Report: MLB not close to plan for return

MLB, season
Brett Davis-USA TODAY Sports

Ever since Major League Baseball suspended the start of the 2020 season due to the COVID-19 pandemic, the league has discussed countless possibilities to bring baseball back as quickly as possible. Unfortunately, despite recent reports of a target date, it seems the 2020 MLB season is no closer to a return.

Despite a report on Monday by former MLB player Trevor Plouffe indicating baseball would return on July 1, there is no firm plan in place for MLB to return. In fact, per The Athletic’s Ken Rosenthal, there are currently no plans even close to bringing baseball back in the near future.

While the Cleveland Indians reportedly informed their players that Tuesday, July 1 would be Opening Day, The Athletic reports no firm date exists. Even as states start to open up and lift stay-at-home restrictions, MLB officials are now concerned about a second wave of outbreaks hitting states like Florida, Texas and Arizona.

Further spreading of the coronavirus, especially in those states, would deliver a major blow to one of MLB’s more discussed plans for a return. Teams were hoping that games could be played across several states that opened back up, but that could now be in jeopardy.

MLB wants to send as many teams back to their home cities as they can to play. It’s the best-case scenario that would allow players to remain with their families and could allow team owners to have smaller crowds in their home stadiums. However, the fear of new COVID-19 surges across the country has league officials fearful of this plan working out.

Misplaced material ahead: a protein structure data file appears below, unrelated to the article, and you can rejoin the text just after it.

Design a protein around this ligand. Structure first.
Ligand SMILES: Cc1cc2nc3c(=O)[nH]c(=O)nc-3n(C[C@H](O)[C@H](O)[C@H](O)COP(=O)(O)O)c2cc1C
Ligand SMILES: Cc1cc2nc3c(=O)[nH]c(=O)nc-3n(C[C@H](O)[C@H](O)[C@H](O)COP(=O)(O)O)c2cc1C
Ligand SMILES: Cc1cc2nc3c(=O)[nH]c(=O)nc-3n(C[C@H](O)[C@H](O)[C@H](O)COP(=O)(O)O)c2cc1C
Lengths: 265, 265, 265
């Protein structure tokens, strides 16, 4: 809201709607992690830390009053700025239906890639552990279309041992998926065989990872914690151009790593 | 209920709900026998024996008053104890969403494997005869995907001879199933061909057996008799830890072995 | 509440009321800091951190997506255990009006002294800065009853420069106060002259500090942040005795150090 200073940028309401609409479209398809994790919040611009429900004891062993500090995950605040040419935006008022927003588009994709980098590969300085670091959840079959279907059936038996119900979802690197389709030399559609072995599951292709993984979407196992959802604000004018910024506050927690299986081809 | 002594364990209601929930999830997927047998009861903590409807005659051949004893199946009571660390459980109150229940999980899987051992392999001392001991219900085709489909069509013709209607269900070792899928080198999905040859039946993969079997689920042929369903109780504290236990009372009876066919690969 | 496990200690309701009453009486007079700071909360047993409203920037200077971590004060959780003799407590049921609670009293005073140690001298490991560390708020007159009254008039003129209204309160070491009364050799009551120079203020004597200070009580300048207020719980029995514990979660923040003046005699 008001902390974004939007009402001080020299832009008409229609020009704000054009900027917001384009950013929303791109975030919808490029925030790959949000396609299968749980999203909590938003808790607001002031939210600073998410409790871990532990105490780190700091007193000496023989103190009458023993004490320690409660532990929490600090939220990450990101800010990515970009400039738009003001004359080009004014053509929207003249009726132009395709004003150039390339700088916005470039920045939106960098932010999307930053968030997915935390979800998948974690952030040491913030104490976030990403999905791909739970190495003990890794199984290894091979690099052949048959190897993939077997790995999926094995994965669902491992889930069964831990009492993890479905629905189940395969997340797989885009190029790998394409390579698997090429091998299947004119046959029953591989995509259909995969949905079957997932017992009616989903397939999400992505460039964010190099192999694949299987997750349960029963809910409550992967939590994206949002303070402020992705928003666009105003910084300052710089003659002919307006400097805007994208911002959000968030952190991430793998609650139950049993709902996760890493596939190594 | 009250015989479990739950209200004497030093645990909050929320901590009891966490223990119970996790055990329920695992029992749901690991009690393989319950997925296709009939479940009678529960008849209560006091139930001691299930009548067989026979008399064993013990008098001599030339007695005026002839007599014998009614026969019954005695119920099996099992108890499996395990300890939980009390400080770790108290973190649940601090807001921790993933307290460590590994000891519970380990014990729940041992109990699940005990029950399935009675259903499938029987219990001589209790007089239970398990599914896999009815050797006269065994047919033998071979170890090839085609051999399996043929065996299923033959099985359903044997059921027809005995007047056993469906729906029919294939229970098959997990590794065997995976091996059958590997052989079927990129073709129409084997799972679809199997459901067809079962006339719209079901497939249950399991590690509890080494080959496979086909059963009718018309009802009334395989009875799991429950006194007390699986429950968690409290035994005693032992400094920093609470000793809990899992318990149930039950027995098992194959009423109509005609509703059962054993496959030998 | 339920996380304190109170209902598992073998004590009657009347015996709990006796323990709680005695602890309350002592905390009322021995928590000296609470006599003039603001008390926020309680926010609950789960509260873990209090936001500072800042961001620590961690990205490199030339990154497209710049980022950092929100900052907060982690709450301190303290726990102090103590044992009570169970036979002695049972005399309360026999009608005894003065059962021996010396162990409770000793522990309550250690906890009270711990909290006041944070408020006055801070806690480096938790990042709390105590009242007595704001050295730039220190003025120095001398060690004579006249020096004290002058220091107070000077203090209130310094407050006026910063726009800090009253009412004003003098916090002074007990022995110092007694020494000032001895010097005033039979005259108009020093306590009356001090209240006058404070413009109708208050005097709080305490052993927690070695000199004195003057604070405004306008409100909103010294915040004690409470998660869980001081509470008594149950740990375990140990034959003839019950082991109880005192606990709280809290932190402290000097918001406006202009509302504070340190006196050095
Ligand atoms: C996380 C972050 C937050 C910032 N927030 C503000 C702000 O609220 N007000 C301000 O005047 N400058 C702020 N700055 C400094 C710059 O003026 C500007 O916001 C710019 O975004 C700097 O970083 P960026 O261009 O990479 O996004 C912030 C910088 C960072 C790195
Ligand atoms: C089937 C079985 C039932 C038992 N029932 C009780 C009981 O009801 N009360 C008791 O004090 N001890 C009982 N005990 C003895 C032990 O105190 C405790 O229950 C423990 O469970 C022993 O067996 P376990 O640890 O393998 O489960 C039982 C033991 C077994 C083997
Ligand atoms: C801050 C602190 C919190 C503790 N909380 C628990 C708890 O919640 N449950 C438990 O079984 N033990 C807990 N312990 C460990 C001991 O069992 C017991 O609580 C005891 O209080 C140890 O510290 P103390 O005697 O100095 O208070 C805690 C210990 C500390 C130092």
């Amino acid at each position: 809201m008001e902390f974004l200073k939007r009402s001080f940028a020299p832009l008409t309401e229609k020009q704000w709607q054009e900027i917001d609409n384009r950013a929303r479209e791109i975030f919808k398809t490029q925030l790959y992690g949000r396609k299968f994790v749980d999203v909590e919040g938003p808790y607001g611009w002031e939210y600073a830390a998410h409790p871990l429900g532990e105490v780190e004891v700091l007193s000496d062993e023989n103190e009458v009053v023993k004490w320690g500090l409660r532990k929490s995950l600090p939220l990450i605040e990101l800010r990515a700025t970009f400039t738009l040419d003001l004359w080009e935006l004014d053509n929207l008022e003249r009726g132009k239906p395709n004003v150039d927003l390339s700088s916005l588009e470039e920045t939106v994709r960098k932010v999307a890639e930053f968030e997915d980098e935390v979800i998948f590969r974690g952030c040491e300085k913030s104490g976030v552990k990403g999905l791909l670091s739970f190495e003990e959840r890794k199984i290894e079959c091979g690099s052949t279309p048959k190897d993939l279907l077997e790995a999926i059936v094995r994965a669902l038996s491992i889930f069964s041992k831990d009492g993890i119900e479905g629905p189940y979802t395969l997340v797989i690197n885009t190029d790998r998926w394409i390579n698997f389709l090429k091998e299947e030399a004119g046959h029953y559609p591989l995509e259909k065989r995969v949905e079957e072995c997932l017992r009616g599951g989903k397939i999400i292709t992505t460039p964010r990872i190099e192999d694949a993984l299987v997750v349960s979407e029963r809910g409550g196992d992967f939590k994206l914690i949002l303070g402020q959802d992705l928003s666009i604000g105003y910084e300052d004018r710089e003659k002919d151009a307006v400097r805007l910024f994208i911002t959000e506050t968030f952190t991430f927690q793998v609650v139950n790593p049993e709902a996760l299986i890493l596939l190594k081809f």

Many around the league have viewed July as the most realistic scenario for Opening Day and the 2020 season to begin. If the league can’t agree to a plan by the end of May to bring baseball back, with support from players, teams and health officials, it will be at a far greater risk of resorting to worst-case scenarios.

There remains confidence across MLB that a season will be played in 2020. Recent estimates projected the league could lose upwards of $2.5 billion┬áif the MLB season is suspended until July, so bringing it back is critical for everyone in the league. If the COVID-19 pandemic doesn’t improve across the country and MLB would be risking the health of its players and staff, baseball fans will be waiting through July for MLB to return.